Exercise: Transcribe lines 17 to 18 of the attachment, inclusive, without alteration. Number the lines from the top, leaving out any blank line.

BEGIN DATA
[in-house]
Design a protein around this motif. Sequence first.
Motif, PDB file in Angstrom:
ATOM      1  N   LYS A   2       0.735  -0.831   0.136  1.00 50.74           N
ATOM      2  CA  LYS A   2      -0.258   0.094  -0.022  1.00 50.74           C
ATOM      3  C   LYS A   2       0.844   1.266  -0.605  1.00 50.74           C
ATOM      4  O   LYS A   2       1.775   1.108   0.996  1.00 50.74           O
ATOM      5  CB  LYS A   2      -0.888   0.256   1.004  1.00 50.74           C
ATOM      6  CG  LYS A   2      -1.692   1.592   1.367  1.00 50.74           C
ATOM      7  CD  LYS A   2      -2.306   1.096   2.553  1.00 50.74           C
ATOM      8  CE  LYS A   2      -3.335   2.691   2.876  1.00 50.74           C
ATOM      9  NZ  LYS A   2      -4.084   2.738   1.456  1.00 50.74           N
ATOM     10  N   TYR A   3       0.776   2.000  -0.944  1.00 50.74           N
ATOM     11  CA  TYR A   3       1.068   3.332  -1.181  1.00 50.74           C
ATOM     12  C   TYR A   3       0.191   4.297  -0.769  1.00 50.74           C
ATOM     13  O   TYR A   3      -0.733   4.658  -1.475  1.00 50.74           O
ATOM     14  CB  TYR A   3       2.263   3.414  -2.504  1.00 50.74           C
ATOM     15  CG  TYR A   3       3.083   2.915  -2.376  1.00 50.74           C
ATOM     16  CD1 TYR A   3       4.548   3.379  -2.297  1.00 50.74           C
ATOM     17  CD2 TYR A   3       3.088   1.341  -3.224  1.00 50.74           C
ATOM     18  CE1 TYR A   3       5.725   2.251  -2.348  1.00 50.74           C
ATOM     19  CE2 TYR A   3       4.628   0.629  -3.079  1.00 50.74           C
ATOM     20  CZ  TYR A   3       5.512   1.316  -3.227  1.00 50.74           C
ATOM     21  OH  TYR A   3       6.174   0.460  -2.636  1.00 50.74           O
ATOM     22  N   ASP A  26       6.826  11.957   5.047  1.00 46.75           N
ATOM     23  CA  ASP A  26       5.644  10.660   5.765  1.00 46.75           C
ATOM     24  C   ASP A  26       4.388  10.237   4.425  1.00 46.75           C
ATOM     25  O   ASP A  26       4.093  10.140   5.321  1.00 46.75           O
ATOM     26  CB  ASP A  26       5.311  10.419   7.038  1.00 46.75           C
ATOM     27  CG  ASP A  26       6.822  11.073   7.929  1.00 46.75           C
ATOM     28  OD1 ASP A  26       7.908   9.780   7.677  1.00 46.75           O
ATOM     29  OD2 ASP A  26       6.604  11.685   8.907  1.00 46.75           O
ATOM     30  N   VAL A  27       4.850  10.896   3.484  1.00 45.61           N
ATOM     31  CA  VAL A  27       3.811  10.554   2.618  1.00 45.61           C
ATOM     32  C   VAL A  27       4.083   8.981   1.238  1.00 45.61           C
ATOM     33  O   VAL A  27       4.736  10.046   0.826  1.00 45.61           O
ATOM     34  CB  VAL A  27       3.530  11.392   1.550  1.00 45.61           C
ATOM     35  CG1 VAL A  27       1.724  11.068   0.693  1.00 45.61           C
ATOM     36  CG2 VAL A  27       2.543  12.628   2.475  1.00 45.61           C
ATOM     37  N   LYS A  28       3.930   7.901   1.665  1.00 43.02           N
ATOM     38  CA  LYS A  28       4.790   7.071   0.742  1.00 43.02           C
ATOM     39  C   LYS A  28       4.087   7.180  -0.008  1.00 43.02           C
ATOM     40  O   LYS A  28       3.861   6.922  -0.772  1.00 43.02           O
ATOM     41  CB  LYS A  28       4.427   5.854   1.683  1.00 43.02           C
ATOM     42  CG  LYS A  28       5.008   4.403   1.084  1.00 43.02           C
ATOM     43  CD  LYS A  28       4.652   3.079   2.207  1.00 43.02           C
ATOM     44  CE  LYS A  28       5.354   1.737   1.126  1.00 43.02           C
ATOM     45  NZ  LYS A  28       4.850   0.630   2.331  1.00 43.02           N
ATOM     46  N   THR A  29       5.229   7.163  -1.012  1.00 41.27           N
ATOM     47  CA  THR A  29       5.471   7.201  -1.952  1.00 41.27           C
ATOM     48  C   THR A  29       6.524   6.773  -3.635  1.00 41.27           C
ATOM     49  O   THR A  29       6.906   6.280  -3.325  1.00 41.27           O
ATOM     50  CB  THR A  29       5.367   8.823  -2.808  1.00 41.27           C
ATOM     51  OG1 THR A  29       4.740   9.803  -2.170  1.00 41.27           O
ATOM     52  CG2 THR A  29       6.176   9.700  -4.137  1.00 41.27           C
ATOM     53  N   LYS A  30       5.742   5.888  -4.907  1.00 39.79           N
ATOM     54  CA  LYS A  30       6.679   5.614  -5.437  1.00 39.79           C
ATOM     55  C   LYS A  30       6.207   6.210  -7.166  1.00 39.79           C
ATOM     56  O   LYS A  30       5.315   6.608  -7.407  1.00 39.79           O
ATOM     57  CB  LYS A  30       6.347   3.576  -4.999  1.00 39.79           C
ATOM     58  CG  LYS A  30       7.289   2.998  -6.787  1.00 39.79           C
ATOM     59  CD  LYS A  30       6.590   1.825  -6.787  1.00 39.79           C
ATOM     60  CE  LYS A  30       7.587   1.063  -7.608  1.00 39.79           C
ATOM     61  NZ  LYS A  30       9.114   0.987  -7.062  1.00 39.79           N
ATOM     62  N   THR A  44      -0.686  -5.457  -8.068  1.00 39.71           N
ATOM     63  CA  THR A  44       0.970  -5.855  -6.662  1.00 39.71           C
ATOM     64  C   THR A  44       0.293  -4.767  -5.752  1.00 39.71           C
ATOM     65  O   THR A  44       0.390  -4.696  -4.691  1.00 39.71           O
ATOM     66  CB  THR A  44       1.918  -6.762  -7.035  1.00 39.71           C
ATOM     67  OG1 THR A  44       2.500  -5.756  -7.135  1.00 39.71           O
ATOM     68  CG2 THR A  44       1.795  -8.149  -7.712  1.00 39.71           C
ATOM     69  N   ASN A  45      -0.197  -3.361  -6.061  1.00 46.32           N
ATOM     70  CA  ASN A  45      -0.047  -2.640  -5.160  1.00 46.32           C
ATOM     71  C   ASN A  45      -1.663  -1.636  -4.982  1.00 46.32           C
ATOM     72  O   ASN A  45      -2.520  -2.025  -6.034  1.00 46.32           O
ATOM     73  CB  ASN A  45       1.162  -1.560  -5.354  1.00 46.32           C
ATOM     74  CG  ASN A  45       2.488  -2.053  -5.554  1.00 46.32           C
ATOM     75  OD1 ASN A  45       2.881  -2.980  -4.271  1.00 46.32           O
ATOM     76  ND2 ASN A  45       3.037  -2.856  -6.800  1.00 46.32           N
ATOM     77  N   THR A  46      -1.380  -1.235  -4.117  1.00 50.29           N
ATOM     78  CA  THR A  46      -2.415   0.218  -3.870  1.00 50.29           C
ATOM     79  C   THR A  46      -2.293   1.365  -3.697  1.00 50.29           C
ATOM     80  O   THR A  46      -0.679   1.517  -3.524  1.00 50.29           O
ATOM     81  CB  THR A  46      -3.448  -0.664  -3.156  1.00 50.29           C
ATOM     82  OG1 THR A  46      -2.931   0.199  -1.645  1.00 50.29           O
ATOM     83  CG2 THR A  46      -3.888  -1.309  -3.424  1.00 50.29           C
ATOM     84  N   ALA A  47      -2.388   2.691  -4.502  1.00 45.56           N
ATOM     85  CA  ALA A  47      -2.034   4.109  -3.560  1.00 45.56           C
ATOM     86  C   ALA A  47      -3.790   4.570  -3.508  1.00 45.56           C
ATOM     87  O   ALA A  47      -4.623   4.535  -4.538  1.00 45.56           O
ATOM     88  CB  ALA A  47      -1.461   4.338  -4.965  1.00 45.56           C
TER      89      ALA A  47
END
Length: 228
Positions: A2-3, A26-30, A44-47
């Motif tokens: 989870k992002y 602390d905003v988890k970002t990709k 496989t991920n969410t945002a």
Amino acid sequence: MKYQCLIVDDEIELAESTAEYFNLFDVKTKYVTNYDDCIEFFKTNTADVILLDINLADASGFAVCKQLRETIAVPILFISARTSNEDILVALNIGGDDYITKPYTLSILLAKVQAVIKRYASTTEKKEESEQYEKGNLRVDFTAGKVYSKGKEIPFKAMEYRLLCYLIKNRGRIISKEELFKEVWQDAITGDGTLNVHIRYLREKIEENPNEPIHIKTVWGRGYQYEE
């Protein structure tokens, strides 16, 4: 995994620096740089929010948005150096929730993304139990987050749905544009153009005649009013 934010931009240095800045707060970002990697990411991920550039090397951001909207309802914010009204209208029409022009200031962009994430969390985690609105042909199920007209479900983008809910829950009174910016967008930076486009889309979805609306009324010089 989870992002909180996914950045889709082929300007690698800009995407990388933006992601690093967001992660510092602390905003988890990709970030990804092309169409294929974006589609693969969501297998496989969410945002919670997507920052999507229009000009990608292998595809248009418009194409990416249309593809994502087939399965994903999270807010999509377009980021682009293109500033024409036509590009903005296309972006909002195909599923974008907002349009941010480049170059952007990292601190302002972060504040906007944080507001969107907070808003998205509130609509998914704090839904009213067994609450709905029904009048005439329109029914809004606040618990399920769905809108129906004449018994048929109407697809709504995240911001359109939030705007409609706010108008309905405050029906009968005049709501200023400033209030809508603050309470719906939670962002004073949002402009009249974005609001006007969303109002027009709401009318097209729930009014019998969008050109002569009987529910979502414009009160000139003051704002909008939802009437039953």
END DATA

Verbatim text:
ATOM     14  CB  TYR A   3       2.263   3.414  -2.504  1.00 50.74           C
ATOM     15  CG  TYR A   3       3.083   2.915  -2.376  1.00 50.74           C